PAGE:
WHO COP9: South Africa’s Stance on ENDS is Misguided and Not Scientific

The 13th of November marked the conclusion of the Ninth Session of the Conference of the Parties (COP9) to the World Health Organisation Framework Convention on Tobacco Control (WHO FCTC). Parties at the Conference, including South Africa, were afforded the opportunity to share progress in the implementation of tobacco control measures.

Parties were expected to debate and adopt appropriate regulatory approaches for novel and emerging tobacco products, including Electronic Nicotine Delivery Systems (ENDS), however, this critical discussion has been deferred to COP10 which is expected to take place in 2023. This decision, according to a COP9 report, has been influenced, in part, by the need to ensure that regulatory decisions are based on scientific evidence which will be reviewed in the build-up to COP10. Despite this admittance, the WHO has consistently called for FCTC signatories to implement stringent measures to regulate ENDS, such as restricting the manufacture, import, sales and use thereof.

For the most part, South Africa has taken direct guidance from the WHO, without question, when coming to tobacco control. The WHO, though admitting that ENDS are less harmful than cigarettes, has dismissed the role they can play in tobacco harm reduction, stating that the concept of harm reduction is being used by tobacco companies as a marketing ploy. When coming to ENDS, the WHO has chosen to nitpick evidence on the so-called harms related to ENDS. It comes as no surprise that the Department of Health (DoH) has also exhibited the same level of misguided doubt regarding ENDS. Despite proving year after year that ENDS are less harmful than combustible cigarettes, the WHO has dismissed the scientific evidence by reputable institutions such as Public Health England, which have proved that vaping is 95% less harmful than smoking.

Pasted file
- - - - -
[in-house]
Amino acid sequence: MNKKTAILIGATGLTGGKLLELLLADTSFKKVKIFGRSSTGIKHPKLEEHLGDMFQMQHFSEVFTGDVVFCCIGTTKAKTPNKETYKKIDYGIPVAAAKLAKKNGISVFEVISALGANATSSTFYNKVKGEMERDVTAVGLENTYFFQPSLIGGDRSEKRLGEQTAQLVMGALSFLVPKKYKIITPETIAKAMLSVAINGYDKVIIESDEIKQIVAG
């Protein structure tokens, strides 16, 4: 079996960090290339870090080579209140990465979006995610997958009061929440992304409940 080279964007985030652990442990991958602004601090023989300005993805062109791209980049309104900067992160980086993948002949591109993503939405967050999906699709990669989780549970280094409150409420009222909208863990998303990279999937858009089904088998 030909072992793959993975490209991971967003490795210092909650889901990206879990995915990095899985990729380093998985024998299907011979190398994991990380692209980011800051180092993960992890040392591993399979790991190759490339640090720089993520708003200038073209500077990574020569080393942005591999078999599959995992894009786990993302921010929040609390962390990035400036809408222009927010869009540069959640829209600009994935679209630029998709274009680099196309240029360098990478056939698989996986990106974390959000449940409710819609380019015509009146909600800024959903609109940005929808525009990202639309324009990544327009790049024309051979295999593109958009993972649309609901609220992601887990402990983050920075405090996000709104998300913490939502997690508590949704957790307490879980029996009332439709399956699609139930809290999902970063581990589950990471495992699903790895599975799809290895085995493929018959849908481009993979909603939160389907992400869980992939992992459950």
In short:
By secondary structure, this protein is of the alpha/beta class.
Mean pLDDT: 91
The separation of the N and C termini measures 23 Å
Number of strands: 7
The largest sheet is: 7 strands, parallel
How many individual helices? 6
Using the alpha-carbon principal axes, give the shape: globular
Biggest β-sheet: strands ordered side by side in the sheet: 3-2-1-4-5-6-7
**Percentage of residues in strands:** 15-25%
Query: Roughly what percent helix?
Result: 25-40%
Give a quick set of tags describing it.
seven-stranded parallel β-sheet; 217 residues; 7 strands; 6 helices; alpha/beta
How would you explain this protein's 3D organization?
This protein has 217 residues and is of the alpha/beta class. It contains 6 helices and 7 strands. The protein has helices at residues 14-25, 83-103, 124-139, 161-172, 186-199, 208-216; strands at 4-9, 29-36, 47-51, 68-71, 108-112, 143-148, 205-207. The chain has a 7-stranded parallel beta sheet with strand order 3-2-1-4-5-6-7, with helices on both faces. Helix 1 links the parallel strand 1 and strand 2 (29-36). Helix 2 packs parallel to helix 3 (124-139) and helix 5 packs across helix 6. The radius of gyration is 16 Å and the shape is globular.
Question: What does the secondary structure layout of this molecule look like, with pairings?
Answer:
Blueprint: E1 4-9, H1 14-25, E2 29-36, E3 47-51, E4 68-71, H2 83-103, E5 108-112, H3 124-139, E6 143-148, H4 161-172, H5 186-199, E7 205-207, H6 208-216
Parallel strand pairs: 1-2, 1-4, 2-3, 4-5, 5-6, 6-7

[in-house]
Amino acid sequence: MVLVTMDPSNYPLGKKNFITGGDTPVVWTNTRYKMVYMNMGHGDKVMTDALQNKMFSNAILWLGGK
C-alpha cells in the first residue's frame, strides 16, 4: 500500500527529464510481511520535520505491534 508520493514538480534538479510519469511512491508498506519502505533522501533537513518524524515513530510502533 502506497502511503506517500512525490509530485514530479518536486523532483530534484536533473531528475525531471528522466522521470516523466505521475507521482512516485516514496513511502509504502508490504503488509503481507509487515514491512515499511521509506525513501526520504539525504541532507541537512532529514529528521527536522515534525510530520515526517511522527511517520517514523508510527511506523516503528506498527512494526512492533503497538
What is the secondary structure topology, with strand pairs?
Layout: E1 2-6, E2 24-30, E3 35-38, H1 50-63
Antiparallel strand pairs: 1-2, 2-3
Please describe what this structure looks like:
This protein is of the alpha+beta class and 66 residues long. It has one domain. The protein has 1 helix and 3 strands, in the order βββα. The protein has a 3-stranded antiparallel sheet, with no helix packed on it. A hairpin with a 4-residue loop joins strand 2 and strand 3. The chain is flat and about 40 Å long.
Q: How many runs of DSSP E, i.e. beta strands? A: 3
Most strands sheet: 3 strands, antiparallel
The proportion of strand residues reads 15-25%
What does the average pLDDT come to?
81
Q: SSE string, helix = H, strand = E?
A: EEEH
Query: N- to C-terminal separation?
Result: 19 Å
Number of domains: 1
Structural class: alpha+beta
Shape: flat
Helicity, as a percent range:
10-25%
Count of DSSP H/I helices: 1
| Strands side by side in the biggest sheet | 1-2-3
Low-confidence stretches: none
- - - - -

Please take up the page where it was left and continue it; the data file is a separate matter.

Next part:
It is also unfortunate that DoH’s misguided stance on ENDS has permeated through other government departments. In discussions on the possible introduction of a vaping tax before Parliament’s Standing Committee on Finance on 11 November, National Treasury’s head of tax and financial sector policy Ismail Momoniat, came out very strongly against the use of ENDS, claiming that they are an invention of the tobacco industry to lure young people. This is concerning, as views such as those of the National Treasury, which has to develop vaping excise regulation, are not based on any scientific data. Although youth vaping is a concern, even for the Vapour Products Association of South Africa (VPASA), its’ scourge is greatly exaggerated to suit a narrative advanced primarily by DoH.

Whilst the decision to defer the adoption of regulatory positions to COP10 is the right one, it will be meaningless if the abundance of scientific evidence in favour of ENDS is ignored. Besides the scientific evidence by Public Health England that ENDS are 95% less harmful than combustible tobacco, the Cochrane Library has also found that ENDS are more effective smoking cessation tools than other forms of Nicotine Replacement Therapy (NRTs). This evidence has consistently been ignored and met with doubt by the WHO. 

The rejection of the role ENDS can play in tobacco harm reduction and proposal for stricter control measures, will only harm millions of smokers, who will be deprived of information on less harmful alternatives. It also begs the question of “For whom does the WHO seek to regulate ENDS?”

It is critical to note that the vaping industry does not aim for non-regulation nor to dictate government policies on vaping, but instead call for open and transparent engagements on appropriate regulation of the industry based on scientific evidence. After all, South Africa prides itself on inclusive and evidence-based policymaking – now is not the time to abandon those values at the altar of WHO’s disdain for the tobacco industry.